6. vegasmike

    New York City ran a pretty good public university system. The colleges were never considered to be feeding schools for the ruling class. They were good enough so that besides graduating school teachers and accountants, 15 Nobel Prize winners got their degrees from the City University. Tuition was free and admissions was based solely on test scores and grades. As a side note, very poor kids could study esoteric subjects like art history and philosophy.

  7. Carolinian

    If Dubya could get into Yale then they will clearly let anyone in. Trump’s son in law (Harvard?) might be another example.

    Probably none of this would matter so much if Ivy admission hadn’t become such a coveted ticket into the ruling class. Education like other PMC institutions is gaining too big a footprint.

      1. Polar Socialist

        Just recently I read from Carolyn Eisenberg’s Drawing the line, how two months after Pearl Harbor Roosevelt tasked State Department to plan what kind of post-war world USA wanted. State Department, unfortunately, was staffed “by upper-class, Ivy League gentlemen of limited practical training and experience“, so they asked the Council of Foreign Relations to do all that difficult stuff for them.

        So, we learn from this that way back then you were supposed figure out the end game when you went to war, and that the useless “meritocrats” knew they were useless and asked from the people who knew a thing or two.

        Of course, CFR was a bunch of religious free-marketers who wanted to betray Soviet Union and split Europe to “contain” her, which was to have some consequences we’re still dealing with.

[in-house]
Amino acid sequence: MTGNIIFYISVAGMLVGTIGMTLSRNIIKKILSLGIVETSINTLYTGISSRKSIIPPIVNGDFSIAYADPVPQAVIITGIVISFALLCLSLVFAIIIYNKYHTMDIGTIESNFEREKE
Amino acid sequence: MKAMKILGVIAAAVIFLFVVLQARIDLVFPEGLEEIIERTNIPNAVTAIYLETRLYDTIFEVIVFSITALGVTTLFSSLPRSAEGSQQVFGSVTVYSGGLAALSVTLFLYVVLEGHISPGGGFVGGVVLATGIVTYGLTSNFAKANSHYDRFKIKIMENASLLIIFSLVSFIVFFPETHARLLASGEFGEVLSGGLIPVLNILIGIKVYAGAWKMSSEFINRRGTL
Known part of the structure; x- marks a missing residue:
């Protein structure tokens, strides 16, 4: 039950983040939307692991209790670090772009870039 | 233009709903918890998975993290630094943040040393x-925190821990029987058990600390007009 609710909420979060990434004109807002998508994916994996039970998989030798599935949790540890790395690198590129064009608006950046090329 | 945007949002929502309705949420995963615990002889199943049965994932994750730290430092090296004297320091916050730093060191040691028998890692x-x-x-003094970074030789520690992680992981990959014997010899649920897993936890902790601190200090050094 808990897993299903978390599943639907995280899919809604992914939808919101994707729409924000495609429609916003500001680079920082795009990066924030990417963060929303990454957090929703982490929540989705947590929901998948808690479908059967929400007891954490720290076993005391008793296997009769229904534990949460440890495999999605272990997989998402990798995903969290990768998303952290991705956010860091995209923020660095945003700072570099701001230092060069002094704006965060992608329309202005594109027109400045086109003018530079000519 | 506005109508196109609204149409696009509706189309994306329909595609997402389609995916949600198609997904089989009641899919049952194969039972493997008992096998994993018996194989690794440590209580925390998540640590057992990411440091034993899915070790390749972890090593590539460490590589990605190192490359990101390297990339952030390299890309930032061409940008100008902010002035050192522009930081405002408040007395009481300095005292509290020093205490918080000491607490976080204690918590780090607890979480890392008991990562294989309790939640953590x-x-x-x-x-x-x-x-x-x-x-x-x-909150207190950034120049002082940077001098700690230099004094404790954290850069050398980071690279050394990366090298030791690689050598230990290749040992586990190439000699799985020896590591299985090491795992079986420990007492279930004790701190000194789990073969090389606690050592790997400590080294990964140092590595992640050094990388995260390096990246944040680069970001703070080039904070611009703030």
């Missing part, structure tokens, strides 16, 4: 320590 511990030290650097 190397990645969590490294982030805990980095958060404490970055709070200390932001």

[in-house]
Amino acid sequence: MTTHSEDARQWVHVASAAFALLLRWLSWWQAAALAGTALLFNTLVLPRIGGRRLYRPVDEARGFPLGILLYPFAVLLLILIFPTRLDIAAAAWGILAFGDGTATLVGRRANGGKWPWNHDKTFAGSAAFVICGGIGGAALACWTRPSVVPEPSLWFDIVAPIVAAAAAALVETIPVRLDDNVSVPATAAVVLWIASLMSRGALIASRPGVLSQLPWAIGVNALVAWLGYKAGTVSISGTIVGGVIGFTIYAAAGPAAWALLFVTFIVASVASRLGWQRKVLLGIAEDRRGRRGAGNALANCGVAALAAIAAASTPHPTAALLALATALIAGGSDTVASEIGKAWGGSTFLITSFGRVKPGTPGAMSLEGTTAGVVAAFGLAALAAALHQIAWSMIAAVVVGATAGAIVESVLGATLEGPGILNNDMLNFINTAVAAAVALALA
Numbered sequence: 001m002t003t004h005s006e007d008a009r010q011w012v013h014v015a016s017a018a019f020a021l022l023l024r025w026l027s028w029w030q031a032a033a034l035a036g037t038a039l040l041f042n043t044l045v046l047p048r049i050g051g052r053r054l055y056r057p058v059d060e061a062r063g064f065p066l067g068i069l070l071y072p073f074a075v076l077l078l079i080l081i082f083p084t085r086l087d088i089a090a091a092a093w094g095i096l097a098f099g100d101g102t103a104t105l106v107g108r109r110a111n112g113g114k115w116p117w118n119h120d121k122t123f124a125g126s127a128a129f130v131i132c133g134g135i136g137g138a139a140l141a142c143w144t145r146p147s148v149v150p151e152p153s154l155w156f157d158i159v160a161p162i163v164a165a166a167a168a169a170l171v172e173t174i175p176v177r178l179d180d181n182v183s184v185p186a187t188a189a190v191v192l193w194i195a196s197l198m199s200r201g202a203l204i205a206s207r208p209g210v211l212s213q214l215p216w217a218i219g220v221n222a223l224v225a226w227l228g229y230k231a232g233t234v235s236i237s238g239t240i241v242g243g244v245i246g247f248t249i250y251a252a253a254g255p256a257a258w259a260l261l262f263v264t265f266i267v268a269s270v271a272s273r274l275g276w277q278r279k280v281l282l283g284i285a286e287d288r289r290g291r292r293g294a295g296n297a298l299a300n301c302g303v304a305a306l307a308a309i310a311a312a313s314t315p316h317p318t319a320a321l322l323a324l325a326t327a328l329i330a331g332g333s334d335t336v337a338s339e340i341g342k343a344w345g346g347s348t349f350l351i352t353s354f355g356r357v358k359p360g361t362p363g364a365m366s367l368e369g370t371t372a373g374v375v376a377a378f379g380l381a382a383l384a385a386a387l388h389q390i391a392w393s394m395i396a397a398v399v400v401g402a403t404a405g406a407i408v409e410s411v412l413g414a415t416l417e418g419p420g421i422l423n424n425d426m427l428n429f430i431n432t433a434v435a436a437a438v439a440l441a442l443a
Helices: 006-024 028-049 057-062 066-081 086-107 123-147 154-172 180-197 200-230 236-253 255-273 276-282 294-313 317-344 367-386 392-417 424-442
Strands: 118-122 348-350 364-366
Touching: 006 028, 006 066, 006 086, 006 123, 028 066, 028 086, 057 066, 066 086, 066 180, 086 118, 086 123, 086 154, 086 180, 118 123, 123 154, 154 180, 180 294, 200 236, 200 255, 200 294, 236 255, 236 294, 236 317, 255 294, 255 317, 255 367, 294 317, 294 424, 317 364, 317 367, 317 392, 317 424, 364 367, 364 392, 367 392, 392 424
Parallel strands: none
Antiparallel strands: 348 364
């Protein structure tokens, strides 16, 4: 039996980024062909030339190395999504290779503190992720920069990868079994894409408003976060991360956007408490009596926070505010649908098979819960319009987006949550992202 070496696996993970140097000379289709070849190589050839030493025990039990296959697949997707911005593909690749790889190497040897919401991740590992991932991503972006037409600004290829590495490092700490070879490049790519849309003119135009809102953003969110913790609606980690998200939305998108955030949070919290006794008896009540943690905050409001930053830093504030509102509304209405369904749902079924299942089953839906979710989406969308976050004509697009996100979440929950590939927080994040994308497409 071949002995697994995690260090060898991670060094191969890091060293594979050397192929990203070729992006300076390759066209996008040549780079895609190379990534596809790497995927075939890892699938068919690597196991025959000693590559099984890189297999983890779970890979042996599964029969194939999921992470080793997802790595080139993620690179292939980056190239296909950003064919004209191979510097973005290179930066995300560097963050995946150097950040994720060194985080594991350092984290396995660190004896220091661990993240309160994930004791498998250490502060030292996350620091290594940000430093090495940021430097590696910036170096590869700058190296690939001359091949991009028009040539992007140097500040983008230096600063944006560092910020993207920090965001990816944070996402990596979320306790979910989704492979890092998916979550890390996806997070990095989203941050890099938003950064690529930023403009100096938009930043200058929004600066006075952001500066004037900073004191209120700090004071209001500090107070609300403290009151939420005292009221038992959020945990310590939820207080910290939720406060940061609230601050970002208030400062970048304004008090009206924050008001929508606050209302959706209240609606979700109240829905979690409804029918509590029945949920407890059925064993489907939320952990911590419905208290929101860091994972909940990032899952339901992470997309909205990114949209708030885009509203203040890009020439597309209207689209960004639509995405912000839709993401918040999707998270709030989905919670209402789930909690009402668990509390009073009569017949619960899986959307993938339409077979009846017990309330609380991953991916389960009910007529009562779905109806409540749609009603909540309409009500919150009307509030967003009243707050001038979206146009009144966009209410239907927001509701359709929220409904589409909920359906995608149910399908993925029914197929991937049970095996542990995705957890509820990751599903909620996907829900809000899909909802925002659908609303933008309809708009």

8. Hayek's Heelbiter

    In the UK. “Oxbridge” on your CV guarantees everything cushy with no downside, no matter the scale of the debacle you subsequently engender.
    Ps. The inculcation from birth that a wrong answer is more life threatening than a risky answer that triggers a bonanza has resulted in a ruling class of high achieving test takers whose risk aversion is off the charts.
    Instances of this are too countless to mentionl.

    1. Heraclitus

      I’m an American living in the Deep South, so I don’t run into many Oxbridge graduates. However, the few I’ve met didn’t seem to have unusually good jobs. They might’ve gotten into the same slots via our state universities. I think Peter Turchin, with his ‘overproduction of elites’ theory, is onto something.

  9. AG

    In Europe the meritocratic idea has become dominant via the infamous “Bologna” process.
    But what does it bring about?
    Smarter students? Better professionals? more knowledgable, more reliant individuals?
    The underlying issue is lack of passion.
    Kids dont get the chance to develope passion and an understandig for the sense of matters.
    Especially not if they are bound to follow the Classic paths of academic success since developing passion and receiving good grades exclude each other in this system.